I barely knew my uncle Pete.
We always lived so far away, I rarely saw my uncles and aunts and cousins when I was a kid. We never phoned or wrote letters, in either direction. That’s not true. There were cards for birthdays and Christmas. I really mean letters and calls just to talk, conversations that make you know people.
That I know about. Maybe my Dad did; they’re his relatives. Maybe he and Mom chewed over the news from Indiana from time to time. But little trickled down to the kids. Those names of people we didn’t know didn’t concern us. Perhaps names came up, but they didn’t stick, nothing to stick them to.
We’re the ones who were detached.
I did meet them all. There was the time Grandma came to visit with adolescent Aunt Minnie in tow. It was a grand occassion. We all piled into the car and drove north for hours in the rain to visit Disneyland. I’d never been there and it was finally my chance to catch up to all the kids at school who knew the place like their own backyards.
Of course, in the pouring rain, Disneyland was closed. All the way to the parking lot entrance we held to the belief that Disneyland would be open. It could not possibly be closed, in spite of the acres of empty parking lots we passed by, and the lack of lights burning cheerily in the gloom. We drove all the way up to the barracaded entrance. Closed, the Happiest Place on Earth. So we turned around and drove back home again, the young people almost crying in disappointment and frustration. The sun came back a day or two later, but we did not go back to Disneyland.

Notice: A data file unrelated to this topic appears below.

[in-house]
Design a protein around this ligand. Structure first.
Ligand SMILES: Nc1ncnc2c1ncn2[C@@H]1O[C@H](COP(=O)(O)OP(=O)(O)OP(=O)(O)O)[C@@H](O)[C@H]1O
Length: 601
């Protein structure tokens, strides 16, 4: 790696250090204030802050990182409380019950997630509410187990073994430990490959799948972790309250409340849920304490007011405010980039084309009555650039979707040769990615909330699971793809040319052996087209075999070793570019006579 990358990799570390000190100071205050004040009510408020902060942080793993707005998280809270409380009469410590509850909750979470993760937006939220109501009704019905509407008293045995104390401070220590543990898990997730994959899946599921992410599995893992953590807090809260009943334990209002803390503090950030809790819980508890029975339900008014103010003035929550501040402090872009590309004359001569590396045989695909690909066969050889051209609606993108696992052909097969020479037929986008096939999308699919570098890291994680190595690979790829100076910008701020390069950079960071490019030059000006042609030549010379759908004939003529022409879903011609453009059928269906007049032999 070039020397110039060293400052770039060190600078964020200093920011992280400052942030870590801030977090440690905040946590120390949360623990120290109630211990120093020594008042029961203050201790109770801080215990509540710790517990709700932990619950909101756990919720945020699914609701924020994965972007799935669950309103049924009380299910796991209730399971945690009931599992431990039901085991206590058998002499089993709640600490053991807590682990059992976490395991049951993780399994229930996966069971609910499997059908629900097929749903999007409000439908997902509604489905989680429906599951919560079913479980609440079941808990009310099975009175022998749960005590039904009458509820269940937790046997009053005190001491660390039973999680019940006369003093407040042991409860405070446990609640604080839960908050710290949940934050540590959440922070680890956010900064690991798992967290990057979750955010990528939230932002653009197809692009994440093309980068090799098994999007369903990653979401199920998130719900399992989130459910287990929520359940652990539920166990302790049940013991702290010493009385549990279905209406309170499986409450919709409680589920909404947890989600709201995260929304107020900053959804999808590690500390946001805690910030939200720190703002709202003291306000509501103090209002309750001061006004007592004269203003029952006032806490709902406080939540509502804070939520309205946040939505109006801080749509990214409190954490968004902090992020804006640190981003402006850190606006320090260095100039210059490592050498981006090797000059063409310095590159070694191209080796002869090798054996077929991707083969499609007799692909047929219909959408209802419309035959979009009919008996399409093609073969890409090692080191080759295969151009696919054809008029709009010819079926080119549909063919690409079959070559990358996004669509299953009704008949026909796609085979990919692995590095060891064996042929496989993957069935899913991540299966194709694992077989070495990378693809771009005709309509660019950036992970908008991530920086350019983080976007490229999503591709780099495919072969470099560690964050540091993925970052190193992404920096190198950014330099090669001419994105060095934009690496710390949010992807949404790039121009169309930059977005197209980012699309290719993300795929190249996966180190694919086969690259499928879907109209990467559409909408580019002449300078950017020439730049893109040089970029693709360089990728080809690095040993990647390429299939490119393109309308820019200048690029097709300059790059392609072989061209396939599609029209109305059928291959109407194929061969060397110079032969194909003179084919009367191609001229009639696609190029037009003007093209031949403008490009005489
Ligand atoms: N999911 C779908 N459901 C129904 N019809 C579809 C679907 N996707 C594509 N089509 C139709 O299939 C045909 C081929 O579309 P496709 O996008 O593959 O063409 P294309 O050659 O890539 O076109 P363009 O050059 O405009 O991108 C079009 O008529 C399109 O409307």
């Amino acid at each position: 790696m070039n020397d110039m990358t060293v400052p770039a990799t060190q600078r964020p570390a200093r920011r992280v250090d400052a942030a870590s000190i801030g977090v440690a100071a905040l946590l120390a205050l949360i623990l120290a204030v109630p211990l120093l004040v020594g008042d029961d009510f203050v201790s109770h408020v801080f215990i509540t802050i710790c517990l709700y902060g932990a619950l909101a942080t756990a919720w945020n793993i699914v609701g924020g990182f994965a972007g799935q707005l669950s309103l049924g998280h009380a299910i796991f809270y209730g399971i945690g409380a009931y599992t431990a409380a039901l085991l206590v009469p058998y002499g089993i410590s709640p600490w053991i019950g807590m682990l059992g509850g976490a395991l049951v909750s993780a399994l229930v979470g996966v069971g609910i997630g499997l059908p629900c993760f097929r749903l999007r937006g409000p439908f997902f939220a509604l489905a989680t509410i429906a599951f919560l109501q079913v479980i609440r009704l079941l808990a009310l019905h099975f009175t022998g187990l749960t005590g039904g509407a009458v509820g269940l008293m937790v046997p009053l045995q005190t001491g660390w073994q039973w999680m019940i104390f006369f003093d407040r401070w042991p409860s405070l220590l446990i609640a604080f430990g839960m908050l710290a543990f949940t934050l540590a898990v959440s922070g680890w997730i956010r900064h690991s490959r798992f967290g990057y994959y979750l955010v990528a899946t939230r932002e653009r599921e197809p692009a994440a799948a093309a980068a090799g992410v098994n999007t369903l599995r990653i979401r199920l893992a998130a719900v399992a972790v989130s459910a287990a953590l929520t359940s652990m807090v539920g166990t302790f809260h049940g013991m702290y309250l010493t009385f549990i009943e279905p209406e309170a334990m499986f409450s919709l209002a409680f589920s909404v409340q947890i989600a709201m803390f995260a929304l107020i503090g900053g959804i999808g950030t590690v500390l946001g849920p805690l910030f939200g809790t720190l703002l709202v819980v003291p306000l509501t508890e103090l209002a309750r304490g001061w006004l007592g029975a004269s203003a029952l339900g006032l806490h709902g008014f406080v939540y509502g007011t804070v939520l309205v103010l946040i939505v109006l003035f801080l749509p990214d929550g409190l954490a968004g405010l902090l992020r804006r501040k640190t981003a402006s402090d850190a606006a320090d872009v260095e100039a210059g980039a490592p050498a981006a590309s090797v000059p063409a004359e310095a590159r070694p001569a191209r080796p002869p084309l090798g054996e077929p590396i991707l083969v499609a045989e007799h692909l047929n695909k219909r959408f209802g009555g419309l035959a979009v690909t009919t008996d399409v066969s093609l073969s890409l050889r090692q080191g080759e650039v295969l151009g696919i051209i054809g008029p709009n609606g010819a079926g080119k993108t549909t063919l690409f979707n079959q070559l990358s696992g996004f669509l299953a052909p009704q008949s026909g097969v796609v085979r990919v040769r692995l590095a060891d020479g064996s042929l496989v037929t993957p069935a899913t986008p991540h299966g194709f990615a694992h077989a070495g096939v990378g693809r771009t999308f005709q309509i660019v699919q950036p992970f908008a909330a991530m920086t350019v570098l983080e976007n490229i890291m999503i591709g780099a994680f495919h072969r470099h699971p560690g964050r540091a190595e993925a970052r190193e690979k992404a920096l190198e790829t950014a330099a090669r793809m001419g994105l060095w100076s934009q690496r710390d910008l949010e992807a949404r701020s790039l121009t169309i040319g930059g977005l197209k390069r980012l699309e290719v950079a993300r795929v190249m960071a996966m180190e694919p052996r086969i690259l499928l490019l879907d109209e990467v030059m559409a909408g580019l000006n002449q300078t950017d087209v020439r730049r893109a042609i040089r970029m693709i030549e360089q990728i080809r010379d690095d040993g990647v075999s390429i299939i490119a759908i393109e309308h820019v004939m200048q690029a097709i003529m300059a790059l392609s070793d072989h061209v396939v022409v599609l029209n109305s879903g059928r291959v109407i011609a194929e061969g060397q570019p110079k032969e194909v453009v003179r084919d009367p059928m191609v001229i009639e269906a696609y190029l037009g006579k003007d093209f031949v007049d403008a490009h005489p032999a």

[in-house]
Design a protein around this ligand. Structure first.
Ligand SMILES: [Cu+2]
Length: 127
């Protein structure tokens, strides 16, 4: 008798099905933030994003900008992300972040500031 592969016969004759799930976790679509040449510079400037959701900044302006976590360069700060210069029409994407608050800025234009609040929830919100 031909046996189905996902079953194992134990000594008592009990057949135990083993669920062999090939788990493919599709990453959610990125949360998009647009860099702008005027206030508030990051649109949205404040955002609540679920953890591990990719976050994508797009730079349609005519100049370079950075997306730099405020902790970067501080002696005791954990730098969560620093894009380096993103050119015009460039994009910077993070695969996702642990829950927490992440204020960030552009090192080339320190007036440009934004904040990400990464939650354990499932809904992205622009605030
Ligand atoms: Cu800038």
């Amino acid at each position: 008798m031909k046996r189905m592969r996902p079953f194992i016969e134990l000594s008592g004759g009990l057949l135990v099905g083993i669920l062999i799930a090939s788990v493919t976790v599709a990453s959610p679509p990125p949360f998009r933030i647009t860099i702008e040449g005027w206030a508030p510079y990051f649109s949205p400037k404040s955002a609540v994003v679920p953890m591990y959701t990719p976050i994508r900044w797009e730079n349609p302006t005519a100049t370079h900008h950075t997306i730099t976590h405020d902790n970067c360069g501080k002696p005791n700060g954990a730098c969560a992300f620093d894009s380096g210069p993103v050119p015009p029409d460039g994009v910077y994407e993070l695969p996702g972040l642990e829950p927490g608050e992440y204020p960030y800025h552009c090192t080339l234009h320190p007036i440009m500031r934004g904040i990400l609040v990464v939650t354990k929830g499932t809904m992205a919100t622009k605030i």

Then the time Grandma got married and we went on a road trip across the entire country to see her and Russell in their new West Virginia home. Stopping off to see all the family in Illinois & Indiana on the way, we did mingle with our cousins for a week. We picked blueberries and sat on stoops and either Darrell or our cousin Robert had to get a tetanus shot for stepping on a rusty nail.
And the time my Aunt Dorothy and her husband Kyle came to see us with their kids. My wedding, my brother’s wedding. So my Aunts Dorothy and Anna I know better than the others, then Caroline and Minnie. But my two uncles, Pete and Chuck, remain fairly theoretical. I could probably pick them out of a lineup, based more on their resemblance to my Dad than on any memory of my own.
I knew vaguely that he had fallen ill some years ago. But I never followed up. Didn’t realize it was cancer subsequent to his exposure to Agent Orange in Vietnam. Had not known until yesterday he had been in Vietnam.
So I should really get on the ball about getting to know all these other people in my family, while I still have the chance.